Posts tagged ‘pasta’

Pasta, Veg, Veg, Veg, Dairy, Fruit

Menu: Mini ravioli with squash, shells, and parmesan shavings * chopped roasted eggplant with red and yellow bell peppers and basil * sauteed spinach * ricotta-yogurt blend with blueberries

Really more of a Thursday kind of supper, where I’m cleaning things out and/or trying not to have to go to the store, but there it was a Saturday and we had no meat or fish thawed or ready in the fridge and it was time for dinner and we are trying not to call Mangia Pizza in these circumstances.

I’d been to the farmers market, so once again I had lovely small Italian heirloom eggplants. I roasted them in a 400-degree oven for 40 minutes, along with a red and two yellow bell peppers. I found half a box of dry-pasta mini-ravioli stuffed with squash next to a quarter-box of shells (why I kept a quarter-box of shells instead of cooking it, I have no idea), and cooked them together (same cooking times). The vegs finished roasting and I peeled and chopped them together in a bowl with olive oil, a splash of balsamic, and a handful of basil from the patio, intending to use them to dress the pasta. Then I remembered the parmesan shavings, so decided to toss those with the pasta instead and serve the eggplant and peppers beside for mix-as-you-go-if-you-like. And so I did.

Finished the meal out with another batch of sauteed spinach (same as the last seven times you’ve seen it here); quick, easy, nutritious, delicious.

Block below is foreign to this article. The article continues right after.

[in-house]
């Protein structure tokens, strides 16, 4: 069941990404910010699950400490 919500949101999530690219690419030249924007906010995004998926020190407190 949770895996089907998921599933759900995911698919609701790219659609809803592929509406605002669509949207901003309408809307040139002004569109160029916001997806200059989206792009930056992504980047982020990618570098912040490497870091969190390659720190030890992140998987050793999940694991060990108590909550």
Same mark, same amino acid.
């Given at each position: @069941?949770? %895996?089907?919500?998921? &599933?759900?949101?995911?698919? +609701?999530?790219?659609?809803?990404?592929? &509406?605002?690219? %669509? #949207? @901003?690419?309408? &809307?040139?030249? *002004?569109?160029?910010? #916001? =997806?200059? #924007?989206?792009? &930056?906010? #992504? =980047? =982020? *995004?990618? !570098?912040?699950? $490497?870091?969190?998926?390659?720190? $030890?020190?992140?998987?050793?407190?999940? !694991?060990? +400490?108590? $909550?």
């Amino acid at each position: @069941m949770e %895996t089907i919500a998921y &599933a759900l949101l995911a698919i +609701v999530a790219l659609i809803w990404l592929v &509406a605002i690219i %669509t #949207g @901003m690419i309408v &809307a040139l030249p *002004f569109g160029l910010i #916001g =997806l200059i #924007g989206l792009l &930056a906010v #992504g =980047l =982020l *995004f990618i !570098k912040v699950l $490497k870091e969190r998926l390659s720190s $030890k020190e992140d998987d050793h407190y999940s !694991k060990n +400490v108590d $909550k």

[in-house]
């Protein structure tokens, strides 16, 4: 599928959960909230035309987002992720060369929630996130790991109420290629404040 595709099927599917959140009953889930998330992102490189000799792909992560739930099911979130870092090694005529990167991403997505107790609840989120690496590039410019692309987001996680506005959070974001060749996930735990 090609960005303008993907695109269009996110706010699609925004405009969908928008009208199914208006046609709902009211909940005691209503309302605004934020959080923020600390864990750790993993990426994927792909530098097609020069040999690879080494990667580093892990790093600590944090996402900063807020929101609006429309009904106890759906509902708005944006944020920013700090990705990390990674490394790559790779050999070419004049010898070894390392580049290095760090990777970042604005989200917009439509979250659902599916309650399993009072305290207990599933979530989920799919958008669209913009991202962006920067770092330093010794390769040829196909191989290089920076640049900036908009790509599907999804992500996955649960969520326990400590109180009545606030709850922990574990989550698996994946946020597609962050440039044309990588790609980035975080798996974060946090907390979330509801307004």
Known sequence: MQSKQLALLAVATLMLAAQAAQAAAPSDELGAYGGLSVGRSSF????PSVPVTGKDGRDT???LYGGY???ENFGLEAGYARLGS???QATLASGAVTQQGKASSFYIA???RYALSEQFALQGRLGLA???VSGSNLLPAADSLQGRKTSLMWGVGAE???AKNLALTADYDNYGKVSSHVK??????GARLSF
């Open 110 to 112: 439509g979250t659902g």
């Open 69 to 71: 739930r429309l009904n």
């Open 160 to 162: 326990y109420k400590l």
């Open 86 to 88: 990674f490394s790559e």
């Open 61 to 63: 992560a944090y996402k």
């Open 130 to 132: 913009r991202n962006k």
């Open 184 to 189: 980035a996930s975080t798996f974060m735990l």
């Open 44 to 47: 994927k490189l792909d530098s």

For dessert, I came across the end of a small tub of part-skim ricotta, and mixed it with the end of a big container of Brown Cow vanilla yogurt. Served it with blueberries and it was also interesting, though next time I might drain the yogurt a bit first as the dairy mixture separated out just a little towards the end.

About to head to the grocery store to replace all of the used-up-the-tail-ends ingredients above, plus purchase marinade ingredients for either lamb chops or steaks for Sunday dinner…


June 29, 2008 at 4:01 pm Leave a comment

Pork, Beans, Veg, Pasta, Veg

Menu: Sauteed Pork with Broad Bean Ratatouille * Lemon-Pepper Fettucine * Cucumber Tomato Artichoke Salad

We’re trying to watch our wallets and our weight here, so I buy a lot of produce at the farmers market so we have good healthy vegetables, and today I was shopping at Sam’s and came across a huge batch of boneless pork back ribs and thought, “hm, I bet I can do something with that.” I’d been planning some marinating and some braising, but by the time I got home, it was time to find something quick to do for dinner. It wound up taking an hour, but it was worth it.

Sauteed Pork (serves 3; we provide leftovers for an injured friend on Mondays, and I always want them to be good leftovers) (original recipe from Mark Bittman’s “How to Cook Everything”… it was for pork chops)

8 boneless back pork ribs
fresh ground sea salt and mixed peppercorns
2 T olive oil
1/2 c vermouth (original recipe called for dry white wine; this was as close as I could get)
1 tsp minced garlic (original says “or 2 T minced shallot, onion, or scallion)
1/2 c water (original says “or chicken, beef, or vegetable stock)
1 T wine vinegar (original says “or freshly squeezed lemon juice, which I might try next time)
a handful of fresh sage leaves, chopped

1 small eggplant